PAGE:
On my way home from town Thursday afternoon, I spied a Snowy Owl atop a stone chimney. While I often carry my photography gear with me, on this particular afternoon, I only had my iPhone.
There's a saying among photographers that the best camera is the one you have with you. I clicked away but knew I wouldn't be satisfied with just iPhone images, as evidenced by the above photograph. Hoping that the owl would stay put, I raced home for my good camera and long lens and raced back.
And luck was with me! The Snowy had remained perched atop the chimney! I could see this owl, like the one I'd photographed last week, was a female because of its prominent bands of black. I didn't think it was the same as last week's bird, however, because the bands on its forehead were longer, giving it the appearance of having bangs.
As I photographed this beautiful bird, I did a double take when I noticed this Snowy Owl appeared to have white eyes instead of the typical yellow eyes I've seen on other Snowies. Is that what I was seeing? Or could this owl be blind?
I zoomed in closer and confirmed that this owl's eye really did appear to be white. Was it asleep? But I didn't think it was blind or asleep because it regularly swiveled its head from side to side as it does when looking for prey. There had to be a better explanation, and that sent me to the web for answers.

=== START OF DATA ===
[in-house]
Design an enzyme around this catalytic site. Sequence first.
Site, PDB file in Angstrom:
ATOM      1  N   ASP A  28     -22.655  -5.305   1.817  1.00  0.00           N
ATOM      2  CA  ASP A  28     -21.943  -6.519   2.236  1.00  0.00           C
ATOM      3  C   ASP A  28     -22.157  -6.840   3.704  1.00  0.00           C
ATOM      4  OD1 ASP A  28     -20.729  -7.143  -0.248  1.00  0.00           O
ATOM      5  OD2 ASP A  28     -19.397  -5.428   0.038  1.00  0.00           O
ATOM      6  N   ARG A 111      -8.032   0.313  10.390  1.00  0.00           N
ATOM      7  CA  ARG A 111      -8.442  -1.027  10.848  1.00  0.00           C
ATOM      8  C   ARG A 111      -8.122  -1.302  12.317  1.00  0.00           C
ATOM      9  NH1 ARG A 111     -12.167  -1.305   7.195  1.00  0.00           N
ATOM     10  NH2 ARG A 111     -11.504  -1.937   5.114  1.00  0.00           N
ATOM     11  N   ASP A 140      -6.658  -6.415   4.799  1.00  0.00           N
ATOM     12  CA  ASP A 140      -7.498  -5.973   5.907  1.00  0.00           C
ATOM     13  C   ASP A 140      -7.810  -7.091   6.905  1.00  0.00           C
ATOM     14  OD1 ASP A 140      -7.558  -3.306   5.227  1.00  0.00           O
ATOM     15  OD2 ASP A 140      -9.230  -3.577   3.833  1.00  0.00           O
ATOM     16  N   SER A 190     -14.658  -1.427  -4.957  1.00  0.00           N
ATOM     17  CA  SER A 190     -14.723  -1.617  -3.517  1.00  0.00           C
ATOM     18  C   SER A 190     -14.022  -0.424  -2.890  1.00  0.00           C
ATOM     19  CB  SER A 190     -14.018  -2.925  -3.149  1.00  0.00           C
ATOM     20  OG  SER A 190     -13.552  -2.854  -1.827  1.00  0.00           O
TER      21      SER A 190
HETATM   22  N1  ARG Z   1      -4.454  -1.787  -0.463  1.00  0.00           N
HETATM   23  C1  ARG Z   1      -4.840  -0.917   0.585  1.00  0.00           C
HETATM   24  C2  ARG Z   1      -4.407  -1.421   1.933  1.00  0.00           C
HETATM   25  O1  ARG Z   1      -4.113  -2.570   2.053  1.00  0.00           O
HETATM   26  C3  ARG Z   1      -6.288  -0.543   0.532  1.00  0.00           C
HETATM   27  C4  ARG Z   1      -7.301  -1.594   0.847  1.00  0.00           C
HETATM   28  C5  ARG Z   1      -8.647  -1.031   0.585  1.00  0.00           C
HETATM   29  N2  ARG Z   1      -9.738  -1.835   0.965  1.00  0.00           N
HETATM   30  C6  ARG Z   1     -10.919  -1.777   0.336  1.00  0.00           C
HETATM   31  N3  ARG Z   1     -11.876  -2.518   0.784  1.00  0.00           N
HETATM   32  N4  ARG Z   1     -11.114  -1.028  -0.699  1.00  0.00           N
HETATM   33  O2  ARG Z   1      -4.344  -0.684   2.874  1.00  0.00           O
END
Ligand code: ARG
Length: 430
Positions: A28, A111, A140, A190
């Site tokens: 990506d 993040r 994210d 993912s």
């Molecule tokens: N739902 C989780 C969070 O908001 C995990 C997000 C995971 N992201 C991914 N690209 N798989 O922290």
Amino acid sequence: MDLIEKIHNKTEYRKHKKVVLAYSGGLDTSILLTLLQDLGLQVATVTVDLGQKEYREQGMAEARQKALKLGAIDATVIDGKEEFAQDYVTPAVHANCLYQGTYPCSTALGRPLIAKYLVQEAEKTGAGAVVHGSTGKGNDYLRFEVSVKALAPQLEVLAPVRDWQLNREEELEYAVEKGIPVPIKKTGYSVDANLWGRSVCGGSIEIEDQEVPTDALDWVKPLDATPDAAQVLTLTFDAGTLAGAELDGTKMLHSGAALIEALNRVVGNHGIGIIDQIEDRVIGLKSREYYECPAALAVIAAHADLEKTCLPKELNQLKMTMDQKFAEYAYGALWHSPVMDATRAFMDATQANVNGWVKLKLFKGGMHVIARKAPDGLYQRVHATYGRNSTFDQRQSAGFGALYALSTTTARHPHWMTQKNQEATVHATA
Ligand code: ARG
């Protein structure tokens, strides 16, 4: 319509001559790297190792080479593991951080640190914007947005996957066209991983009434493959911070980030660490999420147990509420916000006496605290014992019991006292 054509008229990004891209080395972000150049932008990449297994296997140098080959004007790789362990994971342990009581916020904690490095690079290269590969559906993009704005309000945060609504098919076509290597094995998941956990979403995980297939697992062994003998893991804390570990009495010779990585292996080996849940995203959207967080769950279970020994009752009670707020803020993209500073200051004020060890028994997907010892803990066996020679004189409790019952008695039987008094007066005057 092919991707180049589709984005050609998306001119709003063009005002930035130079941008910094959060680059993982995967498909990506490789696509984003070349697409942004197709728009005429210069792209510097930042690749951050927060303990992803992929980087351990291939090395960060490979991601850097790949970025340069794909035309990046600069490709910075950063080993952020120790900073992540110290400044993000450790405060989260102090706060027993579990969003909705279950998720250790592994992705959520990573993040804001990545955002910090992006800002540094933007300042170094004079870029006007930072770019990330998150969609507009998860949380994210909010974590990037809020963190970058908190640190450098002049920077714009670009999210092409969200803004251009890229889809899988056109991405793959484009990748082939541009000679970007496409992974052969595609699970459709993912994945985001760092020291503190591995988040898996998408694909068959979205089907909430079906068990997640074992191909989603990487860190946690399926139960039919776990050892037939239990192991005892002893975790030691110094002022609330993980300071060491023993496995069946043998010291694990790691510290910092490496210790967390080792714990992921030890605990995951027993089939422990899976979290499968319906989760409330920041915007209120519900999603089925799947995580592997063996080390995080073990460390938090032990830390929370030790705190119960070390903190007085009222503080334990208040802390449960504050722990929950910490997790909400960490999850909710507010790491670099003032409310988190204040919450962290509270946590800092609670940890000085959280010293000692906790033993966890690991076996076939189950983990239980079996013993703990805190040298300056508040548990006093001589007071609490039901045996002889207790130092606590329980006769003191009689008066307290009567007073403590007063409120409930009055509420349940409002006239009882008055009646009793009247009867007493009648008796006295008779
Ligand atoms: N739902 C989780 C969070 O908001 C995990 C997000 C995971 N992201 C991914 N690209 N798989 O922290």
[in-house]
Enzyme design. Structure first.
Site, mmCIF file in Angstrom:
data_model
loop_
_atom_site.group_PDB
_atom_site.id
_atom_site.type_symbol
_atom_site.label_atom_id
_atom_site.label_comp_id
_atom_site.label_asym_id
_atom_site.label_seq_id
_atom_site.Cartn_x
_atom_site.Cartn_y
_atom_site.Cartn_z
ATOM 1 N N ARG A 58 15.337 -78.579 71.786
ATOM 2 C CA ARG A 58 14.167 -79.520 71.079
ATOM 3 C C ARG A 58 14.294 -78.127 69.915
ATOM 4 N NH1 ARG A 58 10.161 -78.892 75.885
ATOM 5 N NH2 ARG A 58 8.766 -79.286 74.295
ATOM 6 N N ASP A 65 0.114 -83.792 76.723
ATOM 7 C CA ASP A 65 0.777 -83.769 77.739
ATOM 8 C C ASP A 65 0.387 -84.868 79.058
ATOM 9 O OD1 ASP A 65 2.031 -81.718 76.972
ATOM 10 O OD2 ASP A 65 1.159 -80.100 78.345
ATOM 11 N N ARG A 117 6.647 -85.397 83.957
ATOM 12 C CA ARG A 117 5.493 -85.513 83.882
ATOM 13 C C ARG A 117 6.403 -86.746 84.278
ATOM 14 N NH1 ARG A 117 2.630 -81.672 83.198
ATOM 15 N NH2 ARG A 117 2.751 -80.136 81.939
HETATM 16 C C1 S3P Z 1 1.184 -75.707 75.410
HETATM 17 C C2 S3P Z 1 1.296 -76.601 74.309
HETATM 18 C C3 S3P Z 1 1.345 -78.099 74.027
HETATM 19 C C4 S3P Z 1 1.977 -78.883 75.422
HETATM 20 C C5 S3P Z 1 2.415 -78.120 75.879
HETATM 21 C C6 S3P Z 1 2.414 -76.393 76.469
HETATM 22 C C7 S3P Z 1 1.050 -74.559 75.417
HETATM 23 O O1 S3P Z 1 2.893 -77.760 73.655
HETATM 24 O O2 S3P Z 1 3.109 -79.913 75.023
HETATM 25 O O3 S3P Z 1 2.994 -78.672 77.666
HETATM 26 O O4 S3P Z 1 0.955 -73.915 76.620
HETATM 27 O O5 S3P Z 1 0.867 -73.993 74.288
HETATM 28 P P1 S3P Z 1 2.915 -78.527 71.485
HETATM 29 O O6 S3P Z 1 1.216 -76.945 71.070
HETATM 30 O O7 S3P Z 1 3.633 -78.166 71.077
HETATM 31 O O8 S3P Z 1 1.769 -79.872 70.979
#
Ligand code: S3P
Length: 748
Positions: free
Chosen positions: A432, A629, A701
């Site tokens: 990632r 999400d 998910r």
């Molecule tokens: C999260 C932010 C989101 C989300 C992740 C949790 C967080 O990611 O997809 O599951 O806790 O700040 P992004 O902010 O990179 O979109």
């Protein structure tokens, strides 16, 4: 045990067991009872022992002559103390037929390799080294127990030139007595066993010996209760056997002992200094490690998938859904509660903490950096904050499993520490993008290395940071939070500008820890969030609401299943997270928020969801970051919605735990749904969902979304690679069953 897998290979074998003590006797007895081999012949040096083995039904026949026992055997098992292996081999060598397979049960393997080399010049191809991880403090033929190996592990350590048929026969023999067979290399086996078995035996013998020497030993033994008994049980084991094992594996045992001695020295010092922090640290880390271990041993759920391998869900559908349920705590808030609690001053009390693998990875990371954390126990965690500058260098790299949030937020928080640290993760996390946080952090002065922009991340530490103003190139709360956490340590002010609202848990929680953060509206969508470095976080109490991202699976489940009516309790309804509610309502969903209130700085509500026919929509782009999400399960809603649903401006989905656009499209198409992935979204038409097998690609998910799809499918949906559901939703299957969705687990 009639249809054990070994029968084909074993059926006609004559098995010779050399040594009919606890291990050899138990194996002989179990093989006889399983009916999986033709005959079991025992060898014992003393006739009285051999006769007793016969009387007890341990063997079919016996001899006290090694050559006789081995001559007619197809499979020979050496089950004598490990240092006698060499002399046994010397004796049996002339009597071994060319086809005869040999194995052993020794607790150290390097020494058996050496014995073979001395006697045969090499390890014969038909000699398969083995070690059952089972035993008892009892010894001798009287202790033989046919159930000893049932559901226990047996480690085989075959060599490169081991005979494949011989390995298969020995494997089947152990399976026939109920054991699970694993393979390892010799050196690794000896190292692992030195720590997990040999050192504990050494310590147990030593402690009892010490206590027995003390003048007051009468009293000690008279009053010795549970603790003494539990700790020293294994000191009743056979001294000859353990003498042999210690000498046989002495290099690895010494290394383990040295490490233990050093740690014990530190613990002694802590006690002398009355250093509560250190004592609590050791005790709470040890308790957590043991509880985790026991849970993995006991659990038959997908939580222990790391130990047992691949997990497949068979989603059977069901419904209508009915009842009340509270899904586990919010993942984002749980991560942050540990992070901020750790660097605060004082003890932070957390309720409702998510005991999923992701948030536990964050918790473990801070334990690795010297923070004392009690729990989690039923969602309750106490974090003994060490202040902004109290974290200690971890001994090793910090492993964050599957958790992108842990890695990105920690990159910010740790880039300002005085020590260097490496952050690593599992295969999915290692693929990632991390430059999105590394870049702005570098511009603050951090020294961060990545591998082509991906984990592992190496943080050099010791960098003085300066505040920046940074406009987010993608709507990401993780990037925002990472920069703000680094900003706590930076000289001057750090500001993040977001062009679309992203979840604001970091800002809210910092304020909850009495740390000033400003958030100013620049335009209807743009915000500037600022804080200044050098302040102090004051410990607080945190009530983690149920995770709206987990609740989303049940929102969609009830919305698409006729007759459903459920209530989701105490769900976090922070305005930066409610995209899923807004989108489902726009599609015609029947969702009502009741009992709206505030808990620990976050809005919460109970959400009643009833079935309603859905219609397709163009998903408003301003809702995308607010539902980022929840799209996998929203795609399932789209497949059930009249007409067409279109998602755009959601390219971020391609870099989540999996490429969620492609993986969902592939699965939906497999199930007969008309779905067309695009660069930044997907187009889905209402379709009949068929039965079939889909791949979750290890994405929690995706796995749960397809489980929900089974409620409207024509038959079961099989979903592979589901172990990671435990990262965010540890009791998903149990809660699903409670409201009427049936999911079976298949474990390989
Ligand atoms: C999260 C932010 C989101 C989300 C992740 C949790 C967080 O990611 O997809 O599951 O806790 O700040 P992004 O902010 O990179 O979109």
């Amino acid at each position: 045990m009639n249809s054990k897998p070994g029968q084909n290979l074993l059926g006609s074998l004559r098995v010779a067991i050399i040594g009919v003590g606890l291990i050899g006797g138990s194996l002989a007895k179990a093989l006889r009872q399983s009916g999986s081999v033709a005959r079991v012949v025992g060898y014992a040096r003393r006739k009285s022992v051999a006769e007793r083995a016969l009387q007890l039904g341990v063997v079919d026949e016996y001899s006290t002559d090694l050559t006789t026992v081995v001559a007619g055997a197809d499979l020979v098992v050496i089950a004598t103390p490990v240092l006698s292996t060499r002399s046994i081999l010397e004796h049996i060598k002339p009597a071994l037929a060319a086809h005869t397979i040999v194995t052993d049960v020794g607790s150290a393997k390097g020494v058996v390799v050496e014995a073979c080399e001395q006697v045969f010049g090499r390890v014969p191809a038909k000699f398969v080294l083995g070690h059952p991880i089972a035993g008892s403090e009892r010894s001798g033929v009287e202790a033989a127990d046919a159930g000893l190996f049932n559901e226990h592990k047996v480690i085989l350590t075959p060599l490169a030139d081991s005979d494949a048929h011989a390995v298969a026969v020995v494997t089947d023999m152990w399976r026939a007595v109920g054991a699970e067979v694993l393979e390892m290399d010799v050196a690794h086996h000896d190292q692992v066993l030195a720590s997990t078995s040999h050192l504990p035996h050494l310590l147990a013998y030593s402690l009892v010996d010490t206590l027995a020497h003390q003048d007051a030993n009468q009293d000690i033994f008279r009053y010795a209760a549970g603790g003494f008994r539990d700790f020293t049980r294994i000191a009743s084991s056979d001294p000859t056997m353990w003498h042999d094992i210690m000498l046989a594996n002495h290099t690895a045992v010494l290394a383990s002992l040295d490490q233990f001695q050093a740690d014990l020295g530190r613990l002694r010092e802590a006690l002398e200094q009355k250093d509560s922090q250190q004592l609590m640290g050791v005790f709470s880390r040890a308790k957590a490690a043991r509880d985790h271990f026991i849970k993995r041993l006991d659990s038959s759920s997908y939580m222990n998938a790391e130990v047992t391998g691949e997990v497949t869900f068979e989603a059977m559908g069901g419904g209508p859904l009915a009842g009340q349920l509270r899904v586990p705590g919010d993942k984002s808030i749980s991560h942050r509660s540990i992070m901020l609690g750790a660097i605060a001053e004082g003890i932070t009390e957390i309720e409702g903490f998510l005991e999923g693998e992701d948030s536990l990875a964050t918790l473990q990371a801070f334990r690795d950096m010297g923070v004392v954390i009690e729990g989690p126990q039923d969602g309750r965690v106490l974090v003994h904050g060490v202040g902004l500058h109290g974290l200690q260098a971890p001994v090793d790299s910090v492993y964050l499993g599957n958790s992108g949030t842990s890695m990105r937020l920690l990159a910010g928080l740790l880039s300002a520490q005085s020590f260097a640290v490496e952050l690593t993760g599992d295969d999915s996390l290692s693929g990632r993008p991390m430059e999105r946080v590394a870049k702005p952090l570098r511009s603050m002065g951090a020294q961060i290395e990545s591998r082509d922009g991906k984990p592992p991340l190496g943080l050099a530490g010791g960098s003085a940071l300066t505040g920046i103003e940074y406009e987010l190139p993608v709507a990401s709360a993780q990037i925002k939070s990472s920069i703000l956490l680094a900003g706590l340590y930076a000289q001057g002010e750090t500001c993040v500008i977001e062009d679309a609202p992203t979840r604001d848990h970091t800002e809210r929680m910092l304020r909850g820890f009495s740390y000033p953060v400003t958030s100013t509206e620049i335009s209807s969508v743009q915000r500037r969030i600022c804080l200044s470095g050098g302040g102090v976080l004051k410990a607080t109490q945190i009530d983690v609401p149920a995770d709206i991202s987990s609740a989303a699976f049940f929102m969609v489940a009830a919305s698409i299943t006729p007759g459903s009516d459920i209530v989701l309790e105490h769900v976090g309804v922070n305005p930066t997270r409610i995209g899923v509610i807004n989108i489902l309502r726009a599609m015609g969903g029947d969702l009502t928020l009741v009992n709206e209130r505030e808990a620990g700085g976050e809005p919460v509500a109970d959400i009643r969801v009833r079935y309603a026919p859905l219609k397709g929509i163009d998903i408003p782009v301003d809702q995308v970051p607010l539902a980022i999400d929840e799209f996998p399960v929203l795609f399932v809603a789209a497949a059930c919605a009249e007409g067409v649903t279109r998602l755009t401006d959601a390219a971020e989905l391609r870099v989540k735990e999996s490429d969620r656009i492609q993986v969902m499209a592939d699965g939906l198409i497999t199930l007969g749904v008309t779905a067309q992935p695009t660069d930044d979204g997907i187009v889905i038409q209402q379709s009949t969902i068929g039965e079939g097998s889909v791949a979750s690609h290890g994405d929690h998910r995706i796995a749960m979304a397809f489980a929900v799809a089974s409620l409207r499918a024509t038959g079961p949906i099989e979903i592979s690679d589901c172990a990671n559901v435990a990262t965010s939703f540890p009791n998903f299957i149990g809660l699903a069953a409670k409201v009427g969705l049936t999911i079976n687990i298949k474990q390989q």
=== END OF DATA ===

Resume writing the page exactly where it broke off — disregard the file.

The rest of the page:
I learned that besides having upper and lower eyelids, Snowy Owls have a third transparent eyelid which keeps their eyes moist. Additionally, these eyelids act as a shade from sunlight. That's important because Snowy Owls are one of the few owl species that hunt in the daytime. These owls may close their eyes half-way to block out the extra light, giving the appearance that they are sleepy or half asleep, when they are wide awake and alert.
A few times, the Snowy ruffled its feathers. In this image, the bird fluffed its upper wing feathers. I thought it might take flight, but it stayed put.
In the end, the Snowy fully opened its piercing yellow eyes and stared down at me. I always feel lucky when I get to see a Snowy Owl during the winter months. My luck extends when I'm able to get off some good shots of the bird. But how lucky can I get to have photographed a beautiful Snowy Owl twice in the space of eight days!